Wednesday, April 24, 2019
The Green New Deal's goal is to move America to zero carbon emissions in 10 years.
"That's a goal you could only imagine possible if you have no idea how energy is produced," James Meigs, former editor of Popular Mechanics magazine, says in my latest video.
"Renewable is so inconsistent," he adds. "You can't just put in wind turbines and solar panels. You have to build all this infrastructure to connect them with energy consumers."
Because wind doesn't always blow and the sun doesn't always shine, "renewable" energy requires many more transmission lines, and bigger batteries.
Unfortunately, says Meigs: "You have to mine materials for batteries. Those mines are environmentally hazardous. Disposing of batteries is hazardous."
"Batteries are a lousy way to store energy," adds physicist Mark Mills, senior fellow at the Manhattan Institute. Also, the ingredients of green energy, like battery packs, are far from green.
"You have to consume 100 barrels of oil in China to make that battery pack," he explains. "Dig up 1,000 pounds of stuff to process it. Digging is done with oil, by big machines, so we're consuming energy to 'save' energy -- not a good path to go."
Still, wind turbines and solar batteries are 10 times more efficient than when they were first introduced! That's not good enough, writes Mills, to make "the new energy economy" anything more than "magical thinking."
"They hit physics limits. In comic books, Tony Stark has a magic power source, but physics makes it impossible to make solar 10 times better again."
The dream of "green" causes us to misdirect resources. Even after billions in government subsidies, solar still makes up less than 1 percent of America's energy -- wind just 2 percent. And even that energy isn't really "clean."
"We use billions of tons of hydrocarbons to make the windmills that are already in the world, and we've only just begun to make them at the level people claim they would like them to be built," says Mills. "Pursue a path of wind, solar and batteries, we increase how much we dig up and move by a thousand-fold."
"You gotta clear-cut the forest. These machines kill a lot of birds," says Meigs. "I agree that we should bring down our carbon emissions ... but we should also make sure we're spending money on stuff that really works."
There is one energy source, though, that efficiently produces lots of power with no carbon emissions: nuclear.
But people fear it. They point to the Chernobyl plant accident in Ukraine, and Fukushima in Japan.
"The Chernobyl plant design was idiotically bad," says Meigs. They don't make nuclear plants like that anymore.
What about Fukushima?
"Fukushima helps prove how safe nuclear power really is. No one was killed."
I pointed out that people were killed during the evacuation.
"Fear of radiation killed people," responded Meigs. They evacuated older people who didn't need to go.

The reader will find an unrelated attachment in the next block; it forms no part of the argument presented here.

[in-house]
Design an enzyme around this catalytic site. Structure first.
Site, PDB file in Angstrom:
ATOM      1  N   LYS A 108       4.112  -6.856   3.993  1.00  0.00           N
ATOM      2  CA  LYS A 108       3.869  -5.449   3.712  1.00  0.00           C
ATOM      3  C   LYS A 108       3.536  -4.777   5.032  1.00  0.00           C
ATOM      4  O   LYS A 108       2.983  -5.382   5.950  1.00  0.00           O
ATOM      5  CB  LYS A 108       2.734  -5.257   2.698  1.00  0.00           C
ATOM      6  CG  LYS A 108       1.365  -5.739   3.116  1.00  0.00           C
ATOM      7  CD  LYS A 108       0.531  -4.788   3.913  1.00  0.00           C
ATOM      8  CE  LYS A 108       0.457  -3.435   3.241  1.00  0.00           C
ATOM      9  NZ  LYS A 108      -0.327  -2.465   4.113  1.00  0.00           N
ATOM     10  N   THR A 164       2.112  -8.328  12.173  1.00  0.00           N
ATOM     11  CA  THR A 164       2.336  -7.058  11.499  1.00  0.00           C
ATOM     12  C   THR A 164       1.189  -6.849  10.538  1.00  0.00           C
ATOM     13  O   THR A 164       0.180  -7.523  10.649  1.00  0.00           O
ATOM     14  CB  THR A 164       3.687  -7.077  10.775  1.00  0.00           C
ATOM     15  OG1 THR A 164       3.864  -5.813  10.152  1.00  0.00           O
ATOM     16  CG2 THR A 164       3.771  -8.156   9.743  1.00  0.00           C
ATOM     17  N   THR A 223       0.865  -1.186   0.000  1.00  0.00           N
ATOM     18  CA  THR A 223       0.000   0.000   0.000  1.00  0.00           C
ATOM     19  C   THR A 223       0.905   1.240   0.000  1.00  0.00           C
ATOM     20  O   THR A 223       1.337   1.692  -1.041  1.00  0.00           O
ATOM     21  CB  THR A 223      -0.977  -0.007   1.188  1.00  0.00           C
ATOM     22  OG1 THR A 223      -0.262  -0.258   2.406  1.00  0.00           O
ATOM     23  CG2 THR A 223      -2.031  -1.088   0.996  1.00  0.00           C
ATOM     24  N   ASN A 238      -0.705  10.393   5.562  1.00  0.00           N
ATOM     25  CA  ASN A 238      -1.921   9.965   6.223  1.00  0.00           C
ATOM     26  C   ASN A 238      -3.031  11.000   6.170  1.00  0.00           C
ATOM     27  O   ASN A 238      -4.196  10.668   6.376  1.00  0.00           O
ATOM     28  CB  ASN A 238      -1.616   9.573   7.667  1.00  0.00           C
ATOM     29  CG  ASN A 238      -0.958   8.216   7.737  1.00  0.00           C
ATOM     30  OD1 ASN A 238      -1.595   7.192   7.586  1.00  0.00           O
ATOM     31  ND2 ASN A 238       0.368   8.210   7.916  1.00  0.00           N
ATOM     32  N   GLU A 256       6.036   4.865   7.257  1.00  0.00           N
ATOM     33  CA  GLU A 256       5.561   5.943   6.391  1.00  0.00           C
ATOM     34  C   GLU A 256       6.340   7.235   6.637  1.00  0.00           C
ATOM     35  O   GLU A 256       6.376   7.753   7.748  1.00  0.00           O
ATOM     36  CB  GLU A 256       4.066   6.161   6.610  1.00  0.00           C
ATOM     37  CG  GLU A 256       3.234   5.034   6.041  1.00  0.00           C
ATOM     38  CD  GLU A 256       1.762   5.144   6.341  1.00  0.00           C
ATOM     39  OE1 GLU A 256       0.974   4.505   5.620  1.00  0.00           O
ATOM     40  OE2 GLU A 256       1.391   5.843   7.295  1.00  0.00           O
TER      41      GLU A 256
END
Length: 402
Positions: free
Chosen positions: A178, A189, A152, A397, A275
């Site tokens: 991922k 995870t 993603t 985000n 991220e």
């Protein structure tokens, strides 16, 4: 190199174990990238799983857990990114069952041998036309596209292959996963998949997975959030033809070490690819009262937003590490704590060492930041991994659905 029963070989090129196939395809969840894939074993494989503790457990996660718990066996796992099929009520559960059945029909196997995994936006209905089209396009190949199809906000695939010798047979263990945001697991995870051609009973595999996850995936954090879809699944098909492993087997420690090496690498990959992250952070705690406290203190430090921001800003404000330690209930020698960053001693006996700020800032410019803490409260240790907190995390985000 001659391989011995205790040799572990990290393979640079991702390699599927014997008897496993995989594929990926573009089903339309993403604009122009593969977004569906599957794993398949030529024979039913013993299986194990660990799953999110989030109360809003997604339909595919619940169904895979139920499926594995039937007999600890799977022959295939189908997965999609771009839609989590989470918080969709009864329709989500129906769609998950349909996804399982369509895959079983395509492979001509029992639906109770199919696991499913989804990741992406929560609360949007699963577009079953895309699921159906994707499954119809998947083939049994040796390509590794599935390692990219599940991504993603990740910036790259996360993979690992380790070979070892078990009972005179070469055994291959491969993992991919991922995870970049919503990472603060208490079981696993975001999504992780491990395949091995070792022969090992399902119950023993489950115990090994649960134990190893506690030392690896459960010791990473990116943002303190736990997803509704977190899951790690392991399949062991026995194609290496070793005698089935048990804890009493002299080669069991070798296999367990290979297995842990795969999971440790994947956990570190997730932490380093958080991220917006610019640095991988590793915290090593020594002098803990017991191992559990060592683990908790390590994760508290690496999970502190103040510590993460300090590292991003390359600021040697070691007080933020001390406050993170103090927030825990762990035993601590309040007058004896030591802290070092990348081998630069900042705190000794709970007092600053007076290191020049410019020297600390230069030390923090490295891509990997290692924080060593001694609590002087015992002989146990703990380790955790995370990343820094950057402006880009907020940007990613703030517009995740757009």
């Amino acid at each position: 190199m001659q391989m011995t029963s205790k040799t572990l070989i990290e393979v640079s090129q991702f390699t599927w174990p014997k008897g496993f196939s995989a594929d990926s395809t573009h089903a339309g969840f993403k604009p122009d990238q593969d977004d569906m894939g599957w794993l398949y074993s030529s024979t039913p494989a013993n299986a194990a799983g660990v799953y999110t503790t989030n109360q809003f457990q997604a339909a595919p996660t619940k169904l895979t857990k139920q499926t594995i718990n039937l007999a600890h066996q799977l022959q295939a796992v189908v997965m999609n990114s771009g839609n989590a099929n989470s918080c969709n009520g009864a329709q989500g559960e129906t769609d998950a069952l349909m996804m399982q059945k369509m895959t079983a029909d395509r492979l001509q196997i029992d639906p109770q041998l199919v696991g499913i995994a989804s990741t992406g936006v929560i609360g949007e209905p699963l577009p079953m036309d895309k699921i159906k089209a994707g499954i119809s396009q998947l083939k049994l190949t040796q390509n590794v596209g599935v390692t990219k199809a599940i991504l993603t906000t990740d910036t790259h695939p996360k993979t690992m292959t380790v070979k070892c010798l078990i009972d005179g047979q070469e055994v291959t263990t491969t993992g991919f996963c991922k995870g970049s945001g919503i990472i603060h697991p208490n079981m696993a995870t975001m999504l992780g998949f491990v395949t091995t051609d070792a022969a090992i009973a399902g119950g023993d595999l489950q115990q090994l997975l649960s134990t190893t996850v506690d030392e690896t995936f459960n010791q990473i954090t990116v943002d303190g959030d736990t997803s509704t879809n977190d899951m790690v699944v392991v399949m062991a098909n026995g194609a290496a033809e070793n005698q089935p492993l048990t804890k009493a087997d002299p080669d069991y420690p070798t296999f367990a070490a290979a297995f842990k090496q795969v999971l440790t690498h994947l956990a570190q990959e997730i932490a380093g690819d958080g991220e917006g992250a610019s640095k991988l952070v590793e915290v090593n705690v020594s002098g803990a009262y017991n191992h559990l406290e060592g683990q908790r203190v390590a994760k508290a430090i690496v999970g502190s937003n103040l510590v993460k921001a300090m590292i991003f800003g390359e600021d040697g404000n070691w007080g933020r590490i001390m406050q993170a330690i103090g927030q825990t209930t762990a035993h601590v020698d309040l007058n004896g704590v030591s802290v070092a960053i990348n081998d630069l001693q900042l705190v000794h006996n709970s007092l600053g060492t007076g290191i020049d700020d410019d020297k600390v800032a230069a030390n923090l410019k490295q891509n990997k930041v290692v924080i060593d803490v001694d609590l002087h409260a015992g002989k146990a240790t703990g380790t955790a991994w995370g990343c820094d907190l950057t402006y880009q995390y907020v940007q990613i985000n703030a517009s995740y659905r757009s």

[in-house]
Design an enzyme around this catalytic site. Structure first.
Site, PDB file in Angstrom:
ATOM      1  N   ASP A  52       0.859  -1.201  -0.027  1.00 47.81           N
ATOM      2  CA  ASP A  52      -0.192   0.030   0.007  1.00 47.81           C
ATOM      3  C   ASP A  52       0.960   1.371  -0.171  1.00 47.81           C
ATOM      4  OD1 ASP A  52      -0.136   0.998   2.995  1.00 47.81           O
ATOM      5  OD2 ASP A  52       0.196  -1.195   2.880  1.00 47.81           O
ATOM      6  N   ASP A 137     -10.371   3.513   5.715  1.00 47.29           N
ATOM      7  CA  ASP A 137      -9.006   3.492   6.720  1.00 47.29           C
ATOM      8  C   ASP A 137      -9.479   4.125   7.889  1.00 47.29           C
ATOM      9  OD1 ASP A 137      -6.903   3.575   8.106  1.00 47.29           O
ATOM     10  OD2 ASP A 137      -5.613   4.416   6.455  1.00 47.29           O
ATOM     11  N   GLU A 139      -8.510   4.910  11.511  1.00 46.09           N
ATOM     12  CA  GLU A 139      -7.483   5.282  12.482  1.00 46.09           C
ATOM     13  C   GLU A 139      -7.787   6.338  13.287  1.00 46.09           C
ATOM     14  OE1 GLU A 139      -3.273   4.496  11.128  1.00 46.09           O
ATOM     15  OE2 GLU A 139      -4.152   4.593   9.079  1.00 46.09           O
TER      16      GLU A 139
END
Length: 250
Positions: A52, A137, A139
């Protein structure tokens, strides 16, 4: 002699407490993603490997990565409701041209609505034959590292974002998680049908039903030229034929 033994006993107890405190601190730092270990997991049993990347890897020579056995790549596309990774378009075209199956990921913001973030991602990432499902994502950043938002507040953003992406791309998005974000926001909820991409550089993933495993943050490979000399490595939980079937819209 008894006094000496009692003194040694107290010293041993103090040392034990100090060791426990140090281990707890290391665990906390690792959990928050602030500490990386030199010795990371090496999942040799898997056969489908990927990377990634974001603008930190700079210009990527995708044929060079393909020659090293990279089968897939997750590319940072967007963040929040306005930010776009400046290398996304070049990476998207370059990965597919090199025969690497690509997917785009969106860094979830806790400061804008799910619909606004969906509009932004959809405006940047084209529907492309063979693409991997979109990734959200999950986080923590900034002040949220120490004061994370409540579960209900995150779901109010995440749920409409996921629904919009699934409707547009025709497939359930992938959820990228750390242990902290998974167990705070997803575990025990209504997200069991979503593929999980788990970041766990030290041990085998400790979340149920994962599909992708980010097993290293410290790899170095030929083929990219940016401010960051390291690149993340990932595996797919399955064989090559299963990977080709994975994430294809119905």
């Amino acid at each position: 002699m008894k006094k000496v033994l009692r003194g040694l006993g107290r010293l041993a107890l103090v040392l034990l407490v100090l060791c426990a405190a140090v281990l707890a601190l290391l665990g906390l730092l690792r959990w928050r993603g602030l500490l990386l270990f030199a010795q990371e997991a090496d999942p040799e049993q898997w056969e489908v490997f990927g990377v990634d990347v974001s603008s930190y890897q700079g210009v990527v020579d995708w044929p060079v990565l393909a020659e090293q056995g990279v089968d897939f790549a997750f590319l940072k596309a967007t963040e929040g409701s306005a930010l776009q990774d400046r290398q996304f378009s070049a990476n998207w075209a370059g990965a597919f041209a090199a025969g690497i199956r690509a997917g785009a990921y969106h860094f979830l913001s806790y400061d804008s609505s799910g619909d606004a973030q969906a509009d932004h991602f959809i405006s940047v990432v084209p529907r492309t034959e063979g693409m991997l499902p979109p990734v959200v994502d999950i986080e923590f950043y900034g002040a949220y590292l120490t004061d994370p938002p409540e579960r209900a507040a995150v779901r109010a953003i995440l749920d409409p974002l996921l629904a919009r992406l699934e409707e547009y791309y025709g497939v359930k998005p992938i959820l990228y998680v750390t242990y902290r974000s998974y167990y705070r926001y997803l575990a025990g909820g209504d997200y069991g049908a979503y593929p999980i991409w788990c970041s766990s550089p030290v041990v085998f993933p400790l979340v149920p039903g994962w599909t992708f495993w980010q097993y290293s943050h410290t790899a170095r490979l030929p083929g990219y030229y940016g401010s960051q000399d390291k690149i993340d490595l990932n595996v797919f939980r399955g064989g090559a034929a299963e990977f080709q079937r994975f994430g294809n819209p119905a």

People fear what they don't understand and what they can't see.
"A dam breaks, and hundreds of thousands of people die. Nuclear plants, their safety, ironically, is actually evident in their accidents!" says Mills.
"More people have fallen off of roofs installing solar panels than have been killed in the entire history of nuclear power in the U.S.," adds Meigs.
Yet after Fukushima, Germany shut down its nuclear plants. That led to higher electricity prices and increased carbon emissions because Germany burned coal to make up for the loss of nuclear power.
Likewise, "in Bernie Sanders' home state of Vermont, they shut down their nuclear plant. Guess what happened? Carbon emissions went up," recounts Meigs. "This supposedly green state, ultra-liberal Vermont, went backwards."
If a Green New Deal is ever implemented, says Mills, it would rob the poor by raising energy costs, while "giving money to wealthy people in the form of subsidies to buy $100,000 cars, to put expensive solar arrays on their roofs or to be investors in wind farms."
"It's upside-down Robin Hood," he adds. "That's a bad deal."
Yet a majority of Americans -- including Republicans surveyed -- say they support some version of it.
John Stossel is author of "No They Can't! Why Government Fails -- But Individuals Succeed." For other Creators Syndicate writers and cartoonists, visit www.creators.com.
COPYRIGHT 2019 BY JFS PRODUCTIONS INC.
DISTRIBUTED BY CREATORS.COM
See Other Political Commentaries.
See Other Commentaries by John Stossel.
Views expressed in this column are those of the author, not those of Rasmussen Reports. Comments about this content should be directed to the author or syndicate.
Rasmussen Reports is a media company specializing in the collection, publication and distribution of public opinion information.
We conduct public opinion polls on a variety of topics to inform our audience on events in the news and other topics of interest. To ensure editorial control and independence, we pay for the polls ourselves and generate revenue through the sale of subscriptions, sponsorships, and advertising. Nightly polling on politics, business and lifestyle topics provides the content to update the Rasmussen Reports web site many times each day. If it's in the news, it's in our polls. Additionally, the data drives a daily update newsletter and various media outlets across the country.
Some information, including the Rasmussen Reports daily Presidential Tracking Poll and commentaries are available for free to the general public. Subscriptions are available for $4.95 a month or 34.95 a year that provide subscribers with exclusive access to more than 20 stories per week on upcoming elections, consumer confidence, and issues that affect us all. For those who are really into the numbers, Platinum Members can review demographic crosstabs and a full history of our data.
To learn more about our methodology, click here.